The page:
By Peter Rovick
Stop by the front yard of one home in Wellesley, and you will notice that something is different. There are no sprinklers, and in fact, there is no grass. The front yard at my home at 12 Appleby Road, in the Wellesley Square and Dana Hall areas, consists entirely of carefully planned landscaping, consisting of trees, bushes, and other plants, including ferns.
A local landscaper from Sudbury has helped us to design and implement a low cost, low maintenance front yard that actually saves us money and helps the environment.
Which brings us to the History of Lawns in America.
“We didn't always have a love affair with our lawns,'' says this history of lawns. "In fact it wasn't until the industrial revolution that lawns became practical for most Americans. Lawns were seen as a luxury expense for only the wealthy who could afford grounds keepers to maintain the fine bladed plants using scythes. Not everyone wanted cattle or sheep grazing in the front yard to keep the green stuff at a manageable height as did Woodrow Wilson while occupying the White House.”
“It was not until the Tudor and Elizabethan times that the garden and the lawn became a place to be loved and admired,'' says a Wikipedia entry. "Created as walkways and for play areas, the lawns were not as we envisage them today….In the early 1600s the Jacobean epoch of gardening began. It was during this period that the closely-cut "English" lawn was born. By the end of this period, the English lawn was the envy of even the French; it was also seen as a symbol of status by the gentry….Toward the end of the 19th century, suburbs appeared on the American scene, along with the sprinkler, greatly improved lawn mowers, new ideas about landscaping and a shorter workweek.”
A Grass Alternative at 12 Appleby Road: The carefully planned front lawn includes a dogwood, a magnolia, and several pine trees to one side. These are complimented by rhododendrons, holly, small evergreens, and other small bushes bordering the front exterior of the house. Additional ground coverings include ivy, ferns, multiple wildflower perennials, and assorted plants. In sum, these plantings provide shade and a unique defining aesthetic quality to the front yard.
Low Maintenance: A local landscape specialist visits once each spring and autumn to prune, provide minimal amounts of fertilizer, to suggest additional landscaping options, and to help with general maintenance. In the meantime, a layer of mulch (added every two to three years) locks in moisture from the rain, which helps to prevent the need for watering and to inhibit growth of unwanted plants like dandelions.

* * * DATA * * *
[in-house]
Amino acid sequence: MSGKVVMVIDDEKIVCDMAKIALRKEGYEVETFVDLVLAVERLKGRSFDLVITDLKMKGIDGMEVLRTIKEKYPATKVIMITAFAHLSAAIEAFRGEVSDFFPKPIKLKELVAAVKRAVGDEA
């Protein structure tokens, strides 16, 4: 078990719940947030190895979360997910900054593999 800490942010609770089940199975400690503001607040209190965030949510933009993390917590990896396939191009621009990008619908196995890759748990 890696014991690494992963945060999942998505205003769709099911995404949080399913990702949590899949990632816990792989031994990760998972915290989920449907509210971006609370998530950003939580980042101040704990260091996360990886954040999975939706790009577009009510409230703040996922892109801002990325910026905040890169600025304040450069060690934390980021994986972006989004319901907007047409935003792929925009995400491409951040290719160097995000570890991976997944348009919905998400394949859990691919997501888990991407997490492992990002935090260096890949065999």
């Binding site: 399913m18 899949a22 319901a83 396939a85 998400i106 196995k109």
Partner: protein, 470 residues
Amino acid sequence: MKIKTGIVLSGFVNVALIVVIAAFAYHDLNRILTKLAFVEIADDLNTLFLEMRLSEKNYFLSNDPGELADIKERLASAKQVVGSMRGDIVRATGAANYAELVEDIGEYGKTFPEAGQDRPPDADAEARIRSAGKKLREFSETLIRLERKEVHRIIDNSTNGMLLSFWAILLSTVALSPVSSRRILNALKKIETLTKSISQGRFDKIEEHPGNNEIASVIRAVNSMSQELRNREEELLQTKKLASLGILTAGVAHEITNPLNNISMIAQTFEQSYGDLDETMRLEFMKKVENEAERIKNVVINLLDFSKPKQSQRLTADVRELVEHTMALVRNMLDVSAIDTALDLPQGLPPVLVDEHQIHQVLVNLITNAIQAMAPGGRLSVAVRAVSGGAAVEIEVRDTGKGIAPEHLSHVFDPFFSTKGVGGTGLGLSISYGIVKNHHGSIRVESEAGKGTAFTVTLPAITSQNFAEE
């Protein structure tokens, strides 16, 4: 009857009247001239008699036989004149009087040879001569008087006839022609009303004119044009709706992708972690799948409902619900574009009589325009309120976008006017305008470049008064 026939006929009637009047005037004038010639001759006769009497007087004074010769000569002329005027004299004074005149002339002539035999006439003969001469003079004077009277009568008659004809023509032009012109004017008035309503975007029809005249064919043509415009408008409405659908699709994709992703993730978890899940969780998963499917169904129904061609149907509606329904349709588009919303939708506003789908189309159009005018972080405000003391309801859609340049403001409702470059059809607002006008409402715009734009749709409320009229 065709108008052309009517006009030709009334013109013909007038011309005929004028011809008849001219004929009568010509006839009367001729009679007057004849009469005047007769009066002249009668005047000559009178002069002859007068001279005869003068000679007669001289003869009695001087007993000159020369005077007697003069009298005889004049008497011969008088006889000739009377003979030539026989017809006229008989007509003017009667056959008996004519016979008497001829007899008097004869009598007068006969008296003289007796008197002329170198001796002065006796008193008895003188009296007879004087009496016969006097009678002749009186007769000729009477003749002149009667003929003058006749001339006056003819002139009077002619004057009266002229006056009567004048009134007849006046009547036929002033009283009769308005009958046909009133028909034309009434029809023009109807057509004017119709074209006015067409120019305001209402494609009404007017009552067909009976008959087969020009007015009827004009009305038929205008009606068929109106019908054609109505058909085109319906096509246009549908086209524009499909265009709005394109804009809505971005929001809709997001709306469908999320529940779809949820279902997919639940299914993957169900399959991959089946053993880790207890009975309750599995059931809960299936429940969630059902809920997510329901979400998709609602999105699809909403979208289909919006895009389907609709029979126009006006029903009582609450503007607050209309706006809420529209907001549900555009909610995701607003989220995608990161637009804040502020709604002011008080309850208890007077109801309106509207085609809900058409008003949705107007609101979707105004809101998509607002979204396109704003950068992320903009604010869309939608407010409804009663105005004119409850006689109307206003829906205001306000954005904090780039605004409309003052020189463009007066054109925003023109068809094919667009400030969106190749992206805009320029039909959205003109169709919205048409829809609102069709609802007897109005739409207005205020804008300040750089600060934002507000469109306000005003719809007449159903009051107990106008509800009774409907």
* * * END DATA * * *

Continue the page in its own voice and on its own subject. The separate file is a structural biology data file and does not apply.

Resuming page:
Cost and Environmental Benefits: The yard is designed to be self-sustaining with no need for watering, though I do perform “spot-watering” for additional pumpkins and for some plants during times of severe drought – only once or twice each year. We conserve resources and help the environment by reducing our water usage and using far lesser amounts of fertilizer than are used on typical yards.
Come by for a Visit! If you are interested in considering alternative low-maintenance landscaping for your home, feel free to contact me and to visit 12 Appleby Road. You can contact me via email at firstname.lastname@example.org or via home phone: 781-237-8462.
Also make sure you leverage the vast resources of the Wellesley Natural Resources Commission (NRC), located on the lower level of the Wellesley Town Hall. Or visit: http://www.ci.wellesley.ma.us/Pages/WellesleyMA_NRC/index. The NRC is a partner in the Wellesley Pesticide Awareness Campaign (WPAC), and has received grants from the Toxic Use Reduction Institute (TURI).
Alternative Landscaping is just one “Win-Win” for helping the environment while reducing home expenditures. One other resource of note is The Power of One, which “brings together Wellesley residents and organizations to achieve long-term reduction in energy use and carbon footprint.”
Peter Rovick and his wife have lived in Wellesley since 2001. Peter has served both on the Wellesley Trails Committee and the Wellesley Conservation Council and has a growing interest in conservation and the environment. He is proud to give back to his local community in these capacities and to help lead by example in these efforts.
· Top 10 Tips for Low-Maintenance Landscaping: http://landscaping.about.com/od/lazylandscaping/tp/low_maintenance.htm
· Eco-Lawns - Washington State University: http://gardening.wsu.edu/library/lawn006/lawn006.htm
· Fact Sheet - Lawn Alternatives: http://www.abc.net.au/gardening/stories/s1148898.htm
· The Audubon Society Guide to Attracting Birds: http://www.audubon.org/market/licensed/backyardgardeningbooks.html
· Groundcovers – The Other Grass: http://www.american-lawns.com/lawns/ground_covers.html